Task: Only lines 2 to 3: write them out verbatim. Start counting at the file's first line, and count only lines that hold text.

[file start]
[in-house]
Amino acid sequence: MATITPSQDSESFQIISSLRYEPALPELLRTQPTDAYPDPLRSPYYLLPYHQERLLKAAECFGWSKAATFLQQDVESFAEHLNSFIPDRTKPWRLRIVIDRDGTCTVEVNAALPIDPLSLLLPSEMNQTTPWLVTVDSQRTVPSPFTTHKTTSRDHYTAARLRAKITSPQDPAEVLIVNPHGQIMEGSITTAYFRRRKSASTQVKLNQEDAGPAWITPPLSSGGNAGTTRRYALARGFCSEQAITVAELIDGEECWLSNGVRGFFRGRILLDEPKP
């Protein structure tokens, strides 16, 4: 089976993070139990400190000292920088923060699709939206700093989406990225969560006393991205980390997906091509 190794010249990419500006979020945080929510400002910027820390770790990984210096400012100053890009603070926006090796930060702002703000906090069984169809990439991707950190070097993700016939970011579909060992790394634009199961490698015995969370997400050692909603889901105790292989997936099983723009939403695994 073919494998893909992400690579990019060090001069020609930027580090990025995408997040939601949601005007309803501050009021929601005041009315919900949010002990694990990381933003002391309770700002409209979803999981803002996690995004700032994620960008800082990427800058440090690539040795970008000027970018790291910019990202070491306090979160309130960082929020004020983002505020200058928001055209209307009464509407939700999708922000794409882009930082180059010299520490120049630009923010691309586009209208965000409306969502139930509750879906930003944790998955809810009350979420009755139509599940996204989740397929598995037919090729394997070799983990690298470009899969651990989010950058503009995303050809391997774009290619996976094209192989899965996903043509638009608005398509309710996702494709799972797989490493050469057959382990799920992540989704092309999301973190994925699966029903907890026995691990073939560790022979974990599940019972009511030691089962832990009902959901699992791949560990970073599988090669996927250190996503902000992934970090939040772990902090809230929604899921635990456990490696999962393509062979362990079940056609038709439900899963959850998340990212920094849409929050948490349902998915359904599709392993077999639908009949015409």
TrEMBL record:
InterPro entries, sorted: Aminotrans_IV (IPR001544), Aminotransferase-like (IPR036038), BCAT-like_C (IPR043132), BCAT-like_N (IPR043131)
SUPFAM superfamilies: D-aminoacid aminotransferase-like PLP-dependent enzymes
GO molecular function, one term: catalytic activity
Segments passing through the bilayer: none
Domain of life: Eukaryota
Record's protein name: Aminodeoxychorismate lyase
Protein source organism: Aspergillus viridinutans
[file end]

Amino acid sequence: MATITPSQDSESFQIISSLRYEPALPELLRTQPTDAYPDPLRSPYYLLPYHQERLLKAAECFGWSKAATFLQQDVESFAEHLNSFIPDRTKPWRLRIVIDRDGTCTVEVNAALPIDPLSLLLPSEMNQTTPWLVTVDSQRTVPSPFTTHKTTSRDHYTAARLRAKITSPQDPAEVLIVNPHGQIMEGSITTAYFRRRKSASTQVKLNQEDAGPAWITPPLSSGGNAGTTRRYALARGFCSEQAITVAELIDGEECWLSNGVRGFFRGRILLDEPKP
């Protein structure tokens, strides 16, 4: 089976993070139990400190000292920088923060699709939206700093989406990225969560006393991205980390997906091509 190794010249990419500006979020945080929510400002910027820390770790990984210096400012100053890009603070926006090796930060702002703000906090069984169809990439991707950190070097993700016939970011579909060992790394634009199961490698015995969370997400050692909603889901105790292989997936099983723009939403695994 073919494998893909992400690579990019060090001069020609930027580090990025995408997040939601949601005007309803501050009021929601005041009315919900949010002990694990990381933003002391309770700002409209979803999981803002996690995004700032994620960008800082990427800058440090690539040795970008000027970018790291910019990202070491306090979160309130960082929020004020983002505020200058928001055209209307009464509407939700999708922000794409882009930082180059010299520490120049630009923010691309586009209208965000409306969502139930509750879906930003944790998955809810009350979420009755139509599940996204989740397929598995037919090729394997070799983990690298470009899969651990989010950058503009995303050809391997774009290619996976094209192989899965996903043509638009608005398509309710996702494709799972797989490493050469057959382990799920992540989704092309999301973190994925699966029903907890026995691990073939560790022979974990599940019972009511030691089962832990009902959901699992791949560990970073599988090669996927250190996503902000992934970090939040772990902090809230929604899921635990456990490696999962393509062979362990079940056609038709439900899963959850998340990212920094849409929050948490349902998915359904599709392993077999639908009949015409």